The World Information Society Day, also known as Internet Day, is observed every year on 17 May since 2006. The main objective of the day is to raise global awareness of the possibilities offered by new technologies and promote widespread Internet access, reducing the digital gap.
This year, the day will be celebrated throughout Spain with conferences, training sessions, competitions, online games and many other activities.
Universities will invite middle and high school students to virtually visit their premises and ask questions about their academic future.
The main event of the day will be held in the Spanish Senate in Madrid, where a high level panel debate will discuss about sustainable creativity and several awards will be handed.
All activities will be promoted and commented in Twitter with the hashtag #DiadeInternet
The Viducate Network has launched a new version of its guide to promote video production and media education in Europe.
The document, targeted to teachers and educational professionals, provides an introduction of how to use video production in the classroom. It includes first ideas for different school subjects and an updated background to what production involves and needs.
The TEL-Map European project, funded by the European Commission, has launched a survey about technology supported, innovative learning practices.
TEL-Map is a Coordination and Support Action focussing on roadmapping activities for innovative forms of learning. A roadmap can be understood as a ‘strategic lens’, through which future developments in a domain or an organisation are analysed for the purpose of channelling available resources wisely.
The aim of this new survey is to collect the views of teaching professionals to inform future roadmapping activities by probing certain statements with regards to their likelihood, desirability and – when it comes to policy measures – their feasibility.
There is no need to be an expert in all areas addressed to answer the survey, as the objective of TEL-Map is to get feedback from people with as diverse backgrounds as possible.
Question blocks have been created for each of the following innovative practices:
- Gamification: using game mechanics and elements of game design in non-game contexts in order to motivate learning. Controversial issues evolve around 'hunting for points as a distraction of learning', neglect of demographic particularities, availability of gamification strategies.
- Free Massive Open Online Course: bringing existing courses to an extended audience by driving technological and economical innovation. Controversial issues evolve around funding models, accreditation, high attrition rates and possible ways of highly automated learner support.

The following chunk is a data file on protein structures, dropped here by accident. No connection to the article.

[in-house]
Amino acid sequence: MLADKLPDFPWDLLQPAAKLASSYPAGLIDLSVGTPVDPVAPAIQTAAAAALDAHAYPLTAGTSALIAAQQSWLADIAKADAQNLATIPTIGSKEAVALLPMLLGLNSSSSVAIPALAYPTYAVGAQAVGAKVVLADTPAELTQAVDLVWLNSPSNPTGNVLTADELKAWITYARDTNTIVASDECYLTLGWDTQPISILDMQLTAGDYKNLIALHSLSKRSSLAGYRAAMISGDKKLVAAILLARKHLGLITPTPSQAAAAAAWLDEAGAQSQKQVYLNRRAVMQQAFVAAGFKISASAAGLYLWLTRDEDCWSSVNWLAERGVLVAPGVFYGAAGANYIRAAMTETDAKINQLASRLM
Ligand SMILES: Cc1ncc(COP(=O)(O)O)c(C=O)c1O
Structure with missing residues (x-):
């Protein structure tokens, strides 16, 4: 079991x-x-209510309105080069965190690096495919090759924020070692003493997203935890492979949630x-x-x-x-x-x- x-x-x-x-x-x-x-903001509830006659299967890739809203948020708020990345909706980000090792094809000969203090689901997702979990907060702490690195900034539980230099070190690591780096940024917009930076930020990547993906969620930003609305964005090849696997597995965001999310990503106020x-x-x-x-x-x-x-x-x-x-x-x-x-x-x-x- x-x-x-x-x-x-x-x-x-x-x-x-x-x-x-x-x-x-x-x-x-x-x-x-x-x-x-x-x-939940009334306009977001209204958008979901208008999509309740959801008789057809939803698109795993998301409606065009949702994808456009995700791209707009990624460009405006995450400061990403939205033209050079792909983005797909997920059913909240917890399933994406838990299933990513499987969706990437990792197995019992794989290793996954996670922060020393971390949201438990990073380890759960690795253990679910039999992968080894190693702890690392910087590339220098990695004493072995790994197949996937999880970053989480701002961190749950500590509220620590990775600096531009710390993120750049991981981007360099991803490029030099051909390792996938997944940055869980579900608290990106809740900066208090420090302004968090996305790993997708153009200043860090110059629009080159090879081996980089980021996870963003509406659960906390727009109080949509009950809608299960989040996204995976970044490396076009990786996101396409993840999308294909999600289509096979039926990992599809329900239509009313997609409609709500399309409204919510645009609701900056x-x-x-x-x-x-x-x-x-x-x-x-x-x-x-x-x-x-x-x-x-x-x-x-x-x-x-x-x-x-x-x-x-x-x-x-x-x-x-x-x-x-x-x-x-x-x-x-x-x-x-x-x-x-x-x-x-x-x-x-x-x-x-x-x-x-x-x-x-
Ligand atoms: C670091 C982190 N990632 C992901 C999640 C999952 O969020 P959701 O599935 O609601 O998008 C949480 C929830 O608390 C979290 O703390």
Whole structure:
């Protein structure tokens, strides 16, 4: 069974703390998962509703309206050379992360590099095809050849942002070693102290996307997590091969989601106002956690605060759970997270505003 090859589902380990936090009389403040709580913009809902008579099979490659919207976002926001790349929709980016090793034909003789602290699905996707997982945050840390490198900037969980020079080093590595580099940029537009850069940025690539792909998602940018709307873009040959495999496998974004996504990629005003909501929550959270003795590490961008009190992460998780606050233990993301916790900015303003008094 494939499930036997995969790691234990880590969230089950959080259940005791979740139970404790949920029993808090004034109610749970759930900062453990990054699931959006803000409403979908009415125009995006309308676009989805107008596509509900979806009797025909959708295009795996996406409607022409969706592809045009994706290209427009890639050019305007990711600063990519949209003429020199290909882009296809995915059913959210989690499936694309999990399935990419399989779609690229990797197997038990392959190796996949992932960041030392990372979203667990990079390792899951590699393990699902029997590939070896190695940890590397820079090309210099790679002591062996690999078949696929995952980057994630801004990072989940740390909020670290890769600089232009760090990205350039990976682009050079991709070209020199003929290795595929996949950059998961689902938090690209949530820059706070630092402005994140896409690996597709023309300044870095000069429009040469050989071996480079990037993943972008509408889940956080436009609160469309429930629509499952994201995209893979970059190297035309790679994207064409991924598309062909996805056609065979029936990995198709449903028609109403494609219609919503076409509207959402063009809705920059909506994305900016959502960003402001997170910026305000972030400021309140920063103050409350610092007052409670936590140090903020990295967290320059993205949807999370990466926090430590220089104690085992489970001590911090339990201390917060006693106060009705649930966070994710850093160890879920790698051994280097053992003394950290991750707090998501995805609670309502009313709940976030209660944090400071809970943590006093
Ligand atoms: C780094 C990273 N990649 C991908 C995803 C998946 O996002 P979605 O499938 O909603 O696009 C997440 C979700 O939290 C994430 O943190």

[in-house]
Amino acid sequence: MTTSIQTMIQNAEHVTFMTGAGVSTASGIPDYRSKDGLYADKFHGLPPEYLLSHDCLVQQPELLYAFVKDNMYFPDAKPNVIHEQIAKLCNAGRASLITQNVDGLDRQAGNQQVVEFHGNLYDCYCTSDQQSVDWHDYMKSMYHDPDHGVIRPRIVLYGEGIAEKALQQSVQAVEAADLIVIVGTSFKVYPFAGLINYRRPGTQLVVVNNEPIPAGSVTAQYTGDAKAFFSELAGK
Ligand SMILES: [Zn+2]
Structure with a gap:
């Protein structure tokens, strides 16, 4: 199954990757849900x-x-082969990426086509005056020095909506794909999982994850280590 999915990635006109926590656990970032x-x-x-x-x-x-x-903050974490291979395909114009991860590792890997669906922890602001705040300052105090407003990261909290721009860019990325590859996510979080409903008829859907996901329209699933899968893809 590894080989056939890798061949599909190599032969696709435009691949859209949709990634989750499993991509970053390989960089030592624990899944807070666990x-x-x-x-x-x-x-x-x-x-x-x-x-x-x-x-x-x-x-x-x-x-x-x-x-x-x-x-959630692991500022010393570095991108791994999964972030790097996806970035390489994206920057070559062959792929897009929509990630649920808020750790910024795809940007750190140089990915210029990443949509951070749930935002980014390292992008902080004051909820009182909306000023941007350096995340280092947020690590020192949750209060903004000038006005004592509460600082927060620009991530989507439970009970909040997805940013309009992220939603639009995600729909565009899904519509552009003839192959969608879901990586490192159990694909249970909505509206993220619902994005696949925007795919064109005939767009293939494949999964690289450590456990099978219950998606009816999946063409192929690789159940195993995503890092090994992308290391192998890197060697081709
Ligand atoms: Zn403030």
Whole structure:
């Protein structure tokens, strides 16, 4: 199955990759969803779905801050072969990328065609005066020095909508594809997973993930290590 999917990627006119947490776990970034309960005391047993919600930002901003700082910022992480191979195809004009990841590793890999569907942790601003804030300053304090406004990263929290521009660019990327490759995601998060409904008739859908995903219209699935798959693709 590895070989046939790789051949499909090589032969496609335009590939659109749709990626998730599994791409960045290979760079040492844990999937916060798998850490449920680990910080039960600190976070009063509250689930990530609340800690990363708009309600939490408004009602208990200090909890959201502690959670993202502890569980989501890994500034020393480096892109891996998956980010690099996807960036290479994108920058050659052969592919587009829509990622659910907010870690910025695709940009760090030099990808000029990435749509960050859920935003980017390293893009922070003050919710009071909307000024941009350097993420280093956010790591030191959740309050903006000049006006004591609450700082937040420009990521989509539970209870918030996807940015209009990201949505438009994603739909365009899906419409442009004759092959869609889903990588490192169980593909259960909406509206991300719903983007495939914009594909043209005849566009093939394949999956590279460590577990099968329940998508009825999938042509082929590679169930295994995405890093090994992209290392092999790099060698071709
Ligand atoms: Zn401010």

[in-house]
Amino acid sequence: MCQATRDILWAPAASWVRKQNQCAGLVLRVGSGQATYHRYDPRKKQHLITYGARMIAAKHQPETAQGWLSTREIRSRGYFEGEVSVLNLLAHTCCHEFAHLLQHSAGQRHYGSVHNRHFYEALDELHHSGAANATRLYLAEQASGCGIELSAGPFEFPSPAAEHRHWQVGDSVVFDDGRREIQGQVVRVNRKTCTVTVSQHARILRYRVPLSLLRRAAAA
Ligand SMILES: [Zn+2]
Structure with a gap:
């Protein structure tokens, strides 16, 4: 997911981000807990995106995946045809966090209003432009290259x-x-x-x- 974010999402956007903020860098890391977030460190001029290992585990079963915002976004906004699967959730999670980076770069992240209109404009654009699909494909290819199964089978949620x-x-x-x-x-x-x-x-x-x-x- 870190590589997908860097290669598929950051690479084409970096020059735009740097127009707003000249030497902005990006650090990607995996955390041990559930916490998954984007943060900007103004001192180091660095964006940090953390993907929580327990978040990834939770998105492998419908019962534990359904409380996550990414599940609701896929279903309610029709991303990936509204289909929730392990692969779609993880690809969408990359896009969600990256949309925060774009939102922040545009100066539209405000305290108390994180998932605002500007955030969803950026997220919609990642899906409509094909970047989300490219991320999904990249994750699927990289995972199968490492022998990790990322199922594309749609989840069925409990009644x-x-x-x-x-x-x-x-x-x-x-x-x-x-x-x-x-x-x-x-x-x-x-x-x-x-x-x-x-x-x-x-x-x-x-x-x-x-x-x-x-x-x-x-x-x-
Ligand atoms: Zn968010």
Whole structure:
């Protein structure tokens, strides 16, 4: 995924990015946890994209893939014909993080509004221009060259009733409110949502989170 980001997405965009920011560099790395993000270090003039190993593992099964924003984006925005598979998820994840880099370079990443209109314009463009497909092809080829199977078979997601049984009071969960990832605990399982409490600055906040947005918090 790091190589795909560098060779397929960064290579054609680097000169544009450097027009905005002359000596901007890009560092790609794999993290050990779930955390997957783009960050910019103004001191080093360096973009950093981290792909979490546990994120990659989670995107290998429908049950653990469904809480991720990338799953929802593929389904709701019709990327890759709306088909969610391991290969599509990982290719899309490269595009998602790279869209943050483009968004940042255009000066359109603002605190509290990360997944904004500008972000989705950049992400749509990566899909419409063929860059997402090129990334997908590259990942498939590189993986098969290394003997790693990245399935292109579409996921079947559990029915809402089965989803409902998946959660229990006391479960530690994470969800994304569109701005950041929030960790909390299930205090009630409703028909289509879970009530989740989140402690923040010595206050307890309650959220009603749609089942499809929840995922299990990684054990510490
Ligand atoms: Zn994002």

- Flipped classroom: inverting classroom situations so that the lecture part is moved from school to home and the exercise part takes place at school. Controversial issues evolve around managing differences between learners being more or less successful doing their homework, which requires fundamentally new types of in-class activities.
- Seamless Learning (Ubiquitous Learning): obliterating borders between different technologies and learning formats such as formal and informal learning or individual and social learning. Controversial issues evolve around the ownership of learning tools and data generated by learners' activities, or the potentially invasive character of learning technologies to the detriment of a balanced life style.
The International Council for Open Research and Education (ICORE) is a new association bringing together interested experts and stakeholders from the fields of open education and open research. The association will be officially launched on May 16 in Rome (Italy) during the Learning Innovations and Technology (LINQ 2013) conference.
ICORE is a non-profit and requires no membership fees to join. Open to both representatives of organisations as well as individuals, it aims to promote open research and open education as a fundamental social objective. This promotion of these goals will be accomplished through the fostering of collaboration between relevant stakeholders in open research and education, such as national, European and international policy makers, researchers, educators of all levels, students, non-profit educational providers as well as commercial educational providers, among others.
The association's activities will include the administration of an online community portal for information exchange, the organisation of scientific and educational events (conferences, summer schools, etc.) and the establishment of creative partnerships between ICORE members to advance open research and open education internationally.
Interested applicants can register easily at the ICORE website, where the complete first public draft of the association’s statutes can also be found. Joining before the first official meeting of ICORE on May 15 allows new members to be recognized as co-founders.
The report “Report on using information and communication technologies (ICTs) in education for persons with disabilities”, published in 2012, is the outgrowth of a joint initiative by UNESCO and the Trust for the Americas, non-profit organization cooperating with the Organization of American States (OAS).
The joint project consisted of a significant study, country by country in South America, Central America, Mexico and the Caribbean, elucidating achievements and shortfalls, while demonstrating that democratizing free access to ICTs for persons with disabilities in the field of education is an attainable goal.